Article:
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The Results of Seeing Who You Really Are

Douglas Harding

(The following article is an excerpt from 'The Toolkit for Testing the Incredible Hypothesis' by D.E. Harding, published in 1972, now out of print.)

The results of seeing What and Who one really is will depend, very largely, on one's faithful practice of that seeing. An occasional glimpse into one's True Nature, if it isn't taken seriously enough to be followed up and cultivated, isn't likely to make much difference. Meditation is needed, to break one's old habit of thinging oneself and to establish a new habit of No-thingness here, a habit of conscious 1st-personhood. First, then, before looking at possible results, let us look at the means, at the kind of practice which is likely to produce worth-while benefits. Conscious 1st-personhood is a kind of meditation (in an exact sense, the most radical sort) and the pragmatic or field test of our hypothesis is the sustained practice of this meditation. Its watchword is SEE WHO'S HERE, and its distinctive marks (again, all are for you to try out) are that it is:

It works at least as well in the marketplace as in the meditation hall, when you are active as when you are resting, when your eyes are open as when they are shut.

So far from requiring or inducing a some-what trancelike state and temporary retirement from the world and from people, it sharpens your appreciation of what's going on. You are more alive and with it: indeed you are the view, without being lost in it. It's not when you look at, but when you overlook, the Seer that the seen grows dim and distorted. Not only the 'outer' world, but also your 'inner' world of psychological states, is obscured when you ignore the Inmost which covers and underlies them all.

The initial seeing gives the ability to renew it. Since the Absence of things here is as plainly visible and as coolly factual as their presence there, the seeing of this Absence is available immediately, anytime, at will. Unlike ideas and feelings, you can have this simple seeing when you need it most, as when you are agitated or worried. It's ready to hand for dealing with troubles as they arise, on the spot.

This meditation requires no special postures or physical skills. On the other hand, the physical effects can become very noticeable. Typically, they include an alert stillness, a muscular relaxation felt as energising and not depleting, a marked slowing of the breath, a straightening and raising of the neck and spine. The complexion tends to clear, the eyes to shine, the general bodily tone to improve. Of course, you may find it easier to start at the physical end, and, when you are sitting, to sit up: this can indeed help you to see Who is sitting up.

There are no occasions when this meditation is inappropriate, no times when you may safely wander from the 1st-person position. In the end you stay at Home where it goes on unbroken, though at times unobtrusively, as the bass accompaniment in music.

This way, your life isn't split into two compartments - a Self- aware (interior, meditative, religious) and a Self-unaware (exterior, discursive, secular) - worlds apart, not easily brought together and reconciled.

While it lasts, this is an all-or-nothing (actually, an All-and- Nothing) meditation which can't be done badly. You can't see half your Absence, nor can you half-see it. Either you are looking at What s central to you, or you are overlooking It.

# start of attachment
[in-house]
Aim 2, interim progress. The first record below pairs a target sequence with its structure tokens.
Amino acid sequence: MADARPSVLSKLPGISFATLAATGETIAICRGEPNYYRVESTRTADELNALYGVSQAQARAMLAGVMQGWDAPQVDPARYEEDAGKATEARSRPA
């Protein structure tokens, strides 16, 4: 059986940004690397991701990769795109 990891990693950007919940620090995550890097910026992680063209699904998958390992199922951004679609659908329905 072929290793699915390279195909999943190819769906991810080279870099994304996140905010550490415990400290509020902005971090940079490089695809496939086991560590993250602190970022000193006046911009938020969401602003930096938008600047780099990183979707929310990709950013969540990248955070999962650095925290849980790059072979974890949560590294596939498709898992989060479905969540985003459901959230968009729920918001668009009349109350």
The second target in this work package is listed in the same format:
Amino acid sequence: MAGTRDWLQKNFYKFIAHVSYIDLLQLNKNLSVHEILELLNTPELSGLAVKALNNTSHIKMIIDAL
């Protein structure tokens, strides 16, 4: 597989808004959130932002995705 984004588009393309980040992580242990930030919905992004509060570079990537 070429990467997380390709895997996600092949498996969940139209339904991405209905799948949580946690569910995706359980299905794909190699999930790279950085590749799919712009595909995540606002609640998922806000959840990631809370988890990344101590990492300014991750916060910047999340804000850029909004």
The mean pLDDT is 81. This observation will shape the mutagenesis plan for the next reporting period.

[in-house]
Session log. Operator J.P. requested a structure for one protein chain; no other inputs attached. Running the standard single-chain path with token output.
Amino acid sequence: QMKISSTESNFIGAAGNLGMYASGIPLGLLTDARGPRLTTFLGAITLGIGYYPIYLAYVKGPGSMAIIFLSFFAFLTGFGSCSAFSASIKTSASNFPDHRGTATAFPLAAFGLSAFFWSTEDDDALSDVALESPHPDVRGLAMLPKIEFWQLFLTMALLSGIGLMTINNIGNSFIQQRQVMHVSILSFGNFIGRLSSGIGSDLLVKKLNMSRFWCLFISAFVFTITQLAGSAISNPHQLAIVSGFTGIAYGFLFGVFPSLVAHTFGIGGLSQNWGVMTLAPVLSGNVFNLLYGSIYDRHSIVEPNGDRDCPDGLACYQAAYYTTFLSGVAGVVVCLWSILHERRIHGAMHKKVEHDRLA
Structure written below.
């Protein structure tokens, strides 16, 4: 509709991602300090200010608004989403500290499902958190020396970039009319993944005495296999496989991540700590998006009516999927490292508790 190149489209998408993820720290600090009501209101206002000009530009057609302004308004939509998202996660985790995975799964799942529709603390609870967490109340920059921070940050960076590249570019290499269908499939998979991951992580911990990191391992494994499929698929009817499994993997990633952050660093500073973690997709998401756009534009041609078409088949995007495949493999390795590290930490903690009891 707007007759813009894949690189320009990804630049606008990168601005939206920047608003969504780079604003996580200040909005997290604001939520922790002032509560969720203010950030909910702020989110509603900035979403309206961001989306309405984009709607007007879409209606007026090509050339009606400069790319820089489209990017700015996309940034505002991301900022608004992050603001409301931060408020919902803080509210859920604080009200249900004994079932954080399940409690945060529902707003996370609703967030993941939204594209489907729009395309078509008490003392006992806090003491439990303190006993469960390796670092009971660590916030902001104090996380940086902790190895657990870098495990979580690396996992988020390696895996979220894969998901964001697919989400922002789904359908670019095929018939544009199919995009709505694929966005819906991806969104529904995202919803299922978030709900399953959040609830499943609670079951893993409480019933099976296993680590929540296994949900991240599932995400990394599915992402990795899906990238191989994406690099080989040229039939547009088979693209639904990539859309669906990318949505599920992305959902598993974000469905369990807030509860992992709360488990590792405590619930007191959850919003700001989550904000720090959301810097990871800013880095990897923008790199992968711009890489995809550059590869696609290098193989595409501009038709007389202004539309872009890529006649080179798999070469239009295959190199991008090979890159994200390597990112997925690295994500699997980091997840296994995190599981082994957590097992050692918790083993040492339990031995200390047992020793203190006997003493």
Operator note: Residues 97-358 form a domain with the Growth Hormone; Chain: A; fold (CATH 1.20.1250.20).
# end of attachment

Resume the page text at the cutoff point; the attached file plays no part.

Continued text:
This meditation is certainly not in itself a mystical or religious experience, not euphoric, not a sudden expansion into universal love or cosmic consciousness, not any kind of feeling or thought or intuition whatever. Quite the contrary, it is absolutely featureless, colourless, neutral. It is gazing into the pure, still, cool, transparent Fountainhead, and simultaneously out from it at the streaming, turbulent world - without being carried away into that world. You can ensure your full share of mystical or spiritual experiences, not by going downstream after them, but only by noticing that you are forever upstream of them all, and they can only be enjoyed there from their Source in you.

It's true that the initial sight of your Source may come as a blazing, world-shaking revelation: and what event in your life, for sure, could better deserve such celebration? But these fireworks aren't necessary, and the display fizzles out soon enough anyhow. Many (if not most) serious practitioners of this meditation have come to it quietly, with some such remark as "Why yes of course, that's exactly how it is here." All depends on your individual temperament, upon your cultural-religious background and expectations, and above all upon how much tension, how much psychological stress has been built up - whether undeliberately in the course of ordinary life or deliberately by special religious disciplines and meditational practices.

It is true, also, that the days or weeks or months following your initial seeing (whether it came explosively or not) are liable to prove joy-filled and light-some. You feel new-born into a new world. But sooner rather than later, alas, all this fades - much to your surprise and disappointment. "It does nothing for me!" The temptation is then to give up the meditation, under the mistaken impression that you have lost the art of it. In fact, if you persist nevertheless, it comes to be valued less for its appetising but incidental fruits than for itself - for the plain and savourless truth of it, for the nothing which it does indeed do for you, instead of the something it used to do - and this is a great advance. Beginning to lose interest in the fruits, you ensure they grow all the more healthily, unobserved and undisturbed, and ripen in season. Meantime, and always, your sole business is their nourishing Root.